What is ear wax? One way or another, we’ve all experienced ear wax. Whether yours is sticky, gooey, flaky or crusty, ear wax is simply a part of life. But what exactly is ear wax? What is this mysterious, golden-hued goo, why does our body produce it, and how does it affect the health of our ears and hearing?
Medically referred to as cerumen (pronounced seh-ROO-men), ear wax is a normal, naturally occurring substance secreted in the ear canal—the gateway between your outer and inner ear. Ear wax is made up of secretions from the sebaceous and sweat glands, as well as sloughed off skin cells from the ear. Ear wax usually picks up a few more microscopic friends, such as hair, dirt and other tiny debris as it slowly migrates to the outer ear. The waxy mixture then naturally makes the outward journey, usually nudged along by talking, chewing and other jaw motions.
The purpose of ear wax is multifaceted. Ear wax has a few purposes:
While ear wax is good for your ears and overall hearing health, as we all know, there can be too much of a good thing. The body will produce as much ear wax as it needs. Sometimes it can produce too much, causing cerumen (ear wax) buildup and ear blockage. Several factors can influence ear wax production, including diet, stress and hygiene. Studies have shown that consuming omega 3 fatty acids (found in food, such as fish, flaxseed and walnuts) reduces the chance of ear wax buildup.
If you’re prone to picking out wax with a cotton swab (or your finger), stop, drop and take note: regularly removing ear wax actually triggers the body to produce even more wax, which can result in excessive ear wax.
Ear wax, in and of itself, is not a bad thing. However, too much ear wax in the ear canal can harden and dry up over time, increasing the risk of it becoming impacted. Impacted ear wax can cause a host of issues, including infections, ear aches—even hearing loss.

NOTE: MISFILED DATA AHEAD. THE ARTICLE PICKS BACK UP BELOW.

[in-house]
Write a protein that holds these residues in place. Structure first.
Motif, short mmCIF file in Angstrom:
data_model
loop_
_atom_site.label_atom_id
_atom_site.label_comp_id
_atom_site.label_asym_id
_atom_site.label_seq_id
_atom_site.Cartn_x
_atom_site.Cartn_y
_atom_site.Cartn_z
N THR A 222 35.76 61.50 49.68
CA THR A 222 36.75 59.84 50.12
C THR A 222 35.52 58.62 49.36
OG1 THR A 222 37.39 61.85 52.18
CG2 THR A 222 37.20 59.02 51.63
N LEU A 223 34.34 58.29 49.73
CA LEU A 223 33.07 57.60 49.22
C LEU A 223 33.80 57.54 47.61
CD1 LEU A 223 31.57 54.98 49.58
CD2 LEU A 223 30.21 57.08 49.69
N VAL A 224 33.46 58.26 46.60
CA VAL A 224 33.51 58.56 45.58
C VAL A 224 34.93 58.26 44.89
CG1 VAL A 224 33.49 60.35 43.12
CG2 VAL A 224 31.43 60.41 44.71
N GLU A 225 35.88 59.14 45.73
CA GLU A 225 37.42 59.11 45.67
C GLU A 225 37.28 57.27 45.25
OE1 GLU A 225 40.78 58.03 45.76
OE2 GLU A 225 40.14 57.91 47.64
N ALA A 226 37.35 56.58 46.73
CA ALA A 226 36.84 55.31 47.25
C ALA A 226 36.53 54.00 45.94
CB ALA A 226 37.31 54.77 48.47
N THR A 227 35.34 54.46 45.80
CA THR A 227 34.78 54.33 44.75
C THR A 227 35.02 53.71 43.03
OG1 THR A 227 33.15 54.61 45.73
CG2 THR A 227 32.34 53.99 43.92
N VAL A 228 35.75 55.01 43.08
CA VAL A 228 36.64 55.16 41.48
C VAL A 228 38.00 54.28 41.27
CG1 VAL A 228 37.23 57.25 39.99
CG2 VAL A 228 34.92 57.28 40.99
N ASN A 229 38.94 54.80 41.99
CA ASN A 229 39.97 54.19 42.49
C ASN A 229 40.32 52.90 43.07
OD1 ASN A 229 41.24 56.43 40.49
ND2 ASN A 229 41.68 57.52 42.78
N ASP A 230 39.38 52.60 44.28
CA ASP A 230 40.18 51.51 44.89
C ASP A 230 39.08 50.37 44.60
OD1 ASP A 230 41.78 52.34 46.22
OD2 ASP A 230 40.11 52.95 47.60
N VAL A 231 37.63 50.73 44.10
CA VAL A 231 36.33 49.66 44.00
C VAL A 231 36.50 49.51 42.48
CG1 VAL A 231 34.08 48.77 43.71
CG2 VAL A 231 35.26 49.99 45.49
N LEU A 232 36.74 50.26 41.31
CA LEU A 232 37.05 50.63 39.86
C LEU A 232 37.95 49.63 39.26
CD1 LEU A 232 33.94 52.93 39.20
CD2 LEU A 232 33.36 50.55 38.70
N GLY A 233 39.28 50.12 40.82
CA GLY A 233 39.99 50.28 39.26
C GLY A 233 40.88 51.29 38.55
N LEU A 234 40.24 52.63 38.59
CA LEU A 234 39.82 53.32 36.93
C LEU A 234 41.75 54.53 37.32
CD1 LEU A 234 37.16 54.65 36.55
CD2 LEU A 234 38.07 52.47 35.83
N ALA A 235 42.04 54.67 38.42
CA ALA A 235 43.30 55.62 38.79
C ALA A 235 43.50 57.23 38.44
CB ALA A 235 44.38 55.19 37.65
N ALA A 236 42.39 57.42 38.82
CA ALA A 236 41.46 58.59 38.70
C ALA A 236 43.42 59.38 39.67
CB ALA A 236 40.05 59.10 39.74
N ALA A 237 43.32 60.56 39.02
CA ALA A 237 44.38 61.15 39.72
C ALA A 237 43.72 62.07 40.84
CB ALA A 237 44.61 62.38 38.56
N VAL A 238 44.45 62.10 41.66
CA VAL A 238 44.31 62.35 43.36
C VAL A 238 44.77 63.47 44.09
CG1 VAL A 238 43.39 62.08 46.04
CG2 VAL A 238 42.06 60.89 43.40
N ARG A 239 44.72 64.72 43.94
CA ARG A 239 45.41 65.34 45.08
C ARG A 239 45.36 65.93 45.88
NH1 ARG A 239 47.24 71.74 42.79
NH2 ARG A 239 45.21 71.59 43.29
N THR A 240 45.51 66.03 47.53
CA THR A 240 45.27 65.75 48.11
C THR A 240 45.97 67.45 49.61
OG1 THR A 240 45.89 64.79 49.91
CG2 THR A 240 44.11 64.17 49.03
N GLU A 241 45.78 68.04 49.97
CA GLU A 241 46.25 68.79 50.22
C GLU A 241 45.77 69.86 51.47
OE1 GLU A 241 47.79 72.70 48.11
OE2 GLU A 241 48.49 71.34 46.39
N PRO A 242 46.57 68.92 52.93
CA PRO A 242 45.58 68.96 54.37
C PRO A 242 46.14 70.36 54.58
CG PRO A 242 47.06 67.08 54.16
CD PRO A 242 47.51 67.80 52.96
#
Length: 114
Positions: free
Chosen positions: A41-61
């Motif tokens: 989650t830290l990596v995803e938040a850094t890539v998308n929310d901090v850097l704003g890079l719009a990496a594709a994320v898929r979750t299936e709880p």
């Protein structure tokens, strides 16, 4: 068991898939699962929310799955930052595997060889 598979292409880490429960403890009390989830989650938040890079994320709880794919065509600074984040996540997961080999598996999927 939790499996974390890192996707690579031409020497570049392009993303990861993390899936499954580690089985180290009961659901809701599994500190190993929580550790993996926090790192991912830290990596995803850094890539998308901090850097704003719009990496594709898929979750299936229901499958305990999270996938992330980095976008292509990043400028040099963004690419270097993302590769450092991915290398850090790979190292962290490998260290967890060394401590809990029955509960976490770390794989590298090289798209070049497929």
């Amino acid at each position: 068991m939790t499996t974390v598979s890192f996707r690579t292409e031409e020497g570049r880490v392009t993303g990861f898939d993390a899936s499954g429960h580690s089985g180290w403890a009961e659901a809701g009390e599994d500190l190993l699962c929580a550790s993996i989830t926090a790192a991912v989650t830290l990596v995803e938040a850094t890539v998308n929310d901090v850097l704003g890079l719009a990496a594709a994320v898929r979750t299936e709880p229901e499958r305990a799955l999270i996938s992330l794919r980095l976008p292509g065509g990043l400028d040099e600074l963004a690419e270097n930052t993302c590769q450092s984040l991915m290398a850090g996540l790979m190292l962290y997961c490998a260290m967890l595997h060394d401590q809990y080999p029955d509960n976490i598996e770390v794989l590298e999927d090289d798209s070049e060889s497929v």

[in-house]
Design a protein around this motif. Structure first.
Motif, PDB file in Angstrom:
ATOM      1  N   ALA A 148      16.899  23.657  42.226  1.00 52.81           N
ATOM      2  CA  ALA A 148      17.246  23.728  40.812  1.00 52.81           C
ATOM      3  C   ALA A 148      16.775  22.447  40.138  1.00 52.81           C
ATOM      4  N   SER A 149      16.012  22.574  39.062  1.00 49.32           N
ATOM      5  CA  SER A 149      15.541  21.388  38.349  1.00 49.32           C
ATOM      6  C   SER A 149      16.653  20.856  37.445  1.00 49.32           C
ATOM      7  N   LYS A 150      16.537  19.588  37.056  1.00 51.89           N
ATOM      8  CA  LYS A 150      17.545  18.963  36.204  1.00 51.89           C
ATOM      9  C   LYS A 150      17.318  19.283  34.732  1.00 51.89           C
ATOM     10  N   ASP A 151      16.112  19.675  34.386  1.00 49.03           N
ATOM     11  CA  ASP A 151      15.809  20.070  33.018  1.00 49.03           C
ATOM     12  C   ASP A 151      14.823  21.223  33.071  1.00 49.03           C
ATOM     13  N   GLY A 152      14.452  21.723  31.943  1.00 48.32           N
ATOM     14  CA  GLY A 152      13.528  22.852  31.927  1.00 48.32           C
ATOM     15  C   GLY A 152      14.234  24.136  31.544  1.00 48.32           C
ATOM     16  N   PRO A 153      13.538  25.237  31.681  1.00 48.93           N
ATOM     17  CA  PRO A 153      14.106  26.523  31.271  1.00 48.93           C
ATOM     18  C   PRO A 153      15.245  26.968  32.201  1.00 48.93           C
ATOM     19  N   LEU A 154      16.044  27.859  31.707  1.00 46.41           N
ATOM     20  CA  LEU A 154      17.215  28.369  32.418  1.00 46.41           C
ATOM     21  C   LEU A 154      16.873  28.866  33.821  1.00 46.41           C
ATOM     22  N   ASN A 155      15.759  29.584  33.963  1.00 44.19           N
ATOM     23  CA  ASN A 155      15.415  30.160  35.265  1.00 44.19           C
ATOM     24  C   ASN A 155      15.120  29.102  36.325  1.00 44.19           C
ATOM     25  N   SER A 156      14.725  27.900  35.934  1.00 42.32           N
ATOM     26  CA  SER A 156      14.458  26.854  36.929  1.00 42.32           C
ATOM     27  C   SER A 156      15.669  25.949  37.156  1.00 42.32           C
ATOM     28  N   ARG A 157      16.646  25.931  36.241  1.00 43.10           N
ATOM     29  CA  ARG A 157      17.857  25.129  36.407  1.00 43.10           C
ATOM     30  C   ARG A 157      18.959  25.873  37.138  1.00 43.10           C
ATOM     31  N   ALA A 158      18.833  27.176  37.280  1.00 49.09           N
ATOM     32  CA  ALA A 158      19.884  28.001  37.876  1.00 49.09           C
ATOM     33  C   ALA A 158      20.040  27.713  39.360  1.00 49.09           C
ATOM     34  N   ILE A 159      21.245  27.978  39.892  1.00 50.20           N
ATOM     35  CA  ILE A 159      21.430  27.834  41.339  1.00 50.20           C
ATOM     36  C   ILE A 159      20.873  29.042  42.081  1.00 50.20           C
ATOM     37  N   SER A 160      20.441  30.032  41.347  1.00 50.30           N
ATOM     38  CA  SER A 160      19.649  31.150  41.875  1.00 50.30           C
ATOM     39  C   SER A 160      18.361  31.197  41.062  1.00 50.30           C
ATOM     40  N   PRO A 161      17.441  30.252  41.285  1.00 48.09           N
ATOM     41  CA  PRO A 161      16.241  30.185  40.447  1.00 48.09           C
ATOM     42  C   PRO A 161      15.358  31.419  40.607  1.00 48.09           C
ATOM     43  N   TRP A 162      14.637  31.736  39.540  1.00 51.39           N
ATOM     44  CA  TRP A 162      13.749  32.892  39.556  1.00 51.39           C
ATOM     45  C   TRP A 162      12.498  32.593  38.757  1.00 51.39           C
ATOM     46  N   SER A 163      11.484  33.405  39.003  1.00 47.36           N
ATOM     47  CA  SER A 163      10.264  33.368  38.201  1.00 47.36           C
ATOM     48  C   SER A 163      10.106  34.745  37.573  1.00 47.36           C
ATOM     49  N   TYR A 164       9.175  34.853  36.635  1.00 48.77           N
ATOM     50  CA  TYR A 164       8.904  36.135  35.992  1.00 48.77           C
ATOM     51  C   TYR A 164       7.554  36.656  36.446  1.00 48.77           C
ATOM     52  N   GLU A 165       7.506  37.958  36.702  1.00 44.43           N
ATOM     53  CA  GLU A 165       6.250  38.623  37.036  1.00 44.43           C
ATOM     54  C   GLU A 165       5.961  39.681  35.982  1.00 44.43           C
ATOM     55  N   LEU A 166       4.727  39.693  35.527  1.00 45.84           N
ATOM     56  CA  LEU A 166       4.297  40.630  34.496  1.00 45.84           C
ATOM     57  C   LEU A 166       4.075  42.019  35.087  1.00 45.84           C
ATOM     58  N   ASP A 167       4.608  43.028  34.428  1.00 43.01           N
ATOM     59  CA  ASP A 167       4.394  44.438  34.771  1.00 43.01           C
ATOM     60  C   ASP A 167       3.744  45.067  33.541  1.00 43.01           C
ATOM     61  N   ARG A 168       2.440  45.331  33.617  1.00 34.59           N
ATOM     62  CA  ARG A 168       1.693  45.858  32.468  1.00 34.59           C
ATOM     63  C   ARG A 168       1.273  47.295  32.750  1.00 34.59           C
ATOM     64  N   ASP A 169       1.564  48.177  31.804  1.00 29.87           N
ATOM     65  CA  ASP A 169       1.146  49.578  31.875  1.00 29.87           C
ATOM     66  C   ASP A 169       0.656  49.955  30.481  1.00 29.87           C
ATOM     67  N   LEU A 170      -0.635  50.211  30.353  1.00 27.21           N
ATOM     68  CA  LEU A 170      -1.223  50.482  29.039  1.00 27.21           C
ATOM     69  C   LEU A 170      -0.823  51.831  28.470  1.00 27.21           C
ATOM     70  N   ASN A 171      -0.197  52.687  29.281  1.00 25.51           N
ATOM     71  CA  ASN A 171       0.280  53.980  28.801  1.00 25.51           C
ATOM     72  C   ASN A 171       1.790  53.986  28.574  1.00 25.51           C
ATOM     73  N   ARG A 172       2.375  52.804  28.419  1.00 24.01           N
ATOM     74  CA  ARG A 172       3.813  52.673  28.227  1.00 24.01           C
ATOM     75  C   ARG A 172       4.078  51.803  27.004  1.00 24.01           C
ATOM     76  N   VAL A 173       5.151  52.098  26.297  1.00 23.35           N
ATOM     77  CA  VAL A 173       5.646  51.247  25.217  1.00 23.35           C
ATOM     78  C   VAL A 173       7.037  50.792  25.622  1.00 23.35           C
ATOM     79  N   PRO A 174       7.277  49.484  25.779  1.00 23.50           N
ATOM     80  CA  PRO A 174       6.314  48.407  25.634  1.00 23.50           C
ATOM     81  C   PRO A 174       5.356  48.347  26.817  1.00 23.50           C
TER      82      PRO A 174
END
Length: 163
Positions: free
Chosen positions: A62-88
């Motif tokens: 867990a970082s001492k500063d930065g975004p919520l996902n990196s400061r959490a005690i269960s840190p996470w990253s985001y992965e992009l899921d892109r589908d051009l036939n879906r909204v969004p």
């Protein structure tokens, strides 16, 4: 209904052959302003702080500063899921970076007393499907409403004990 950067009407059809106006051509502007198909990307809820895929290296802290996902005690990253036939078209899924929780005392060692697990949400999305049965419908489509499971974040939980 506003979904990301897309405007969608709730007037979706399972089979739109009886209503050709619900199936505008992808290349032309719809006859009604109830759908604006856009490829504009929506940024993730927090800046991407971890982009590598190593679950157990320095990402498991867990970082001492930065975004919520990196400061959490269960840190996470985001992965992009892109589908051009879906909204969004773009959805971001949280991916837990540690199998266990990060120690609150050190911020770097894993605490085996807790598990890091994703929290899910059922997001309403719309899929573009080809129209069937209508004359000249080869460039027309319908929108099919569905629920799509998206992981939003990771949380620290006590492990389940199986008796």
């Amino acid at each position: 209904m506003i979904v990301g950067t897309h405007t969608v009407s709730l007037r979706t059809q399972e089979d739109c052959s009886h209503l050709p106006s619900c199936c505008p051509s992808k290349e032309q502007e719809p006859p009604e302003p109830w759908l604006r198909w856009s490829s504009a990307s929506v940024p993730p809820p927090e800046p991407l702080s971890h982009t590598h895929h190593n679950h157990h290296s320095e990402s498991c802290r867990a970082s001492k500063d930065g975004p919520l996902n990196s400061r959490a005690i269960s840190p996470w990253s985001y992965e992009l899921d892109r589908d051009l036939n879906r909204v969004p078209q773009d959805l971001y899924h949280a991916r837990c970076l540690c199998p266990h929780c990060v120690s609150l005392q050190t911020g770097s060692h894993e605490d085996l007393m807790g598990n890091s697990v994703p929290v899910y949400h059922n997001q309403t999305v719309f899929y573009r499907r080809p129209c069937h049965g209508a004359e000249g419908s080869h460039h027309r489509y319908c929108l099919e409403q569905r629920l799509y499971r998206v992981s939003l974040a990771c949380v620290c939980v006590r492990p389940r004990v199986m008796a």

If too much ear wax builds up, it can block the ear canal. This overproduction of ear wax then acts as a sort of sonic barricade, preventing sound waves from passing through to the inner ear from the outer ear. Sound waves need to travel through the ear canal in order to be converted into electrical signals that are processed by the brain.
The result is conductive hearing loss—the name for hearing loss caused by issues with the ear canal, ear drum or middle ear. Ear blockage from wax is actually one of the leading causes of conductive hearing loss. Conductive hearing loss can make softer sounds more difficult to hear, and make louder sounds more muffled.
This type of hearing loss can often be temporary—for example, if impacted ear wax is the culprit, it can be removed in a safe and timely manner to reverse the hearing loss. However, if impacted ear wax is left untreated in the canal for too long, it can potentially lead to more permanent hearing loss. Researchers have found that mice exposed to conductive hearing loss over the course of a year experienced lasting damage to the inner ear.
It’s important to recognize and remove impacted ear wax before it has a chance to cause irreversible damage to your hearing health.
Hearing aids that rest in the ear can block the natural journey ear wax must take to exit the ear. This ear blockage can actually stimulate the ear canal glands to produce more wax. Some hearing aid wearers report having more ear wax after getting hearing aids.
If you wear hearing aids, it’s important to keep on top of ear wax, as it can block your ears (and hearing), as well as the receiver and other parts of your hearing aid device. The acidic nature of ear wax can damage the delicate electrical components. In fact, ear wax buildup is one of the most common reasons for hearing aid repairs.
How to clean ear wax from hearing aids:
Ear wax doesn’t need to be removed most of the time—our bodies will naturally produce and expel it. However, if you’re experiencing symptoms of ear wax buildup or impacted ear wax (such as earache, itching, tinnitus or a sensation of fullness in/plugging of the ear), it’s worth getting evaluated by your doctor.
You can also try a few home treatments to remove ear wax. (Note: You may want to consult your doctor or hearing care provider first before going the DIY route.)
Home remedies to safely clean your ears:
A few important notes:
If the at-home methods of cleaning your ears are not effective, consult your doctor. They can prescribe special drops or remove impacted ear wax via irrigation or manual extraction.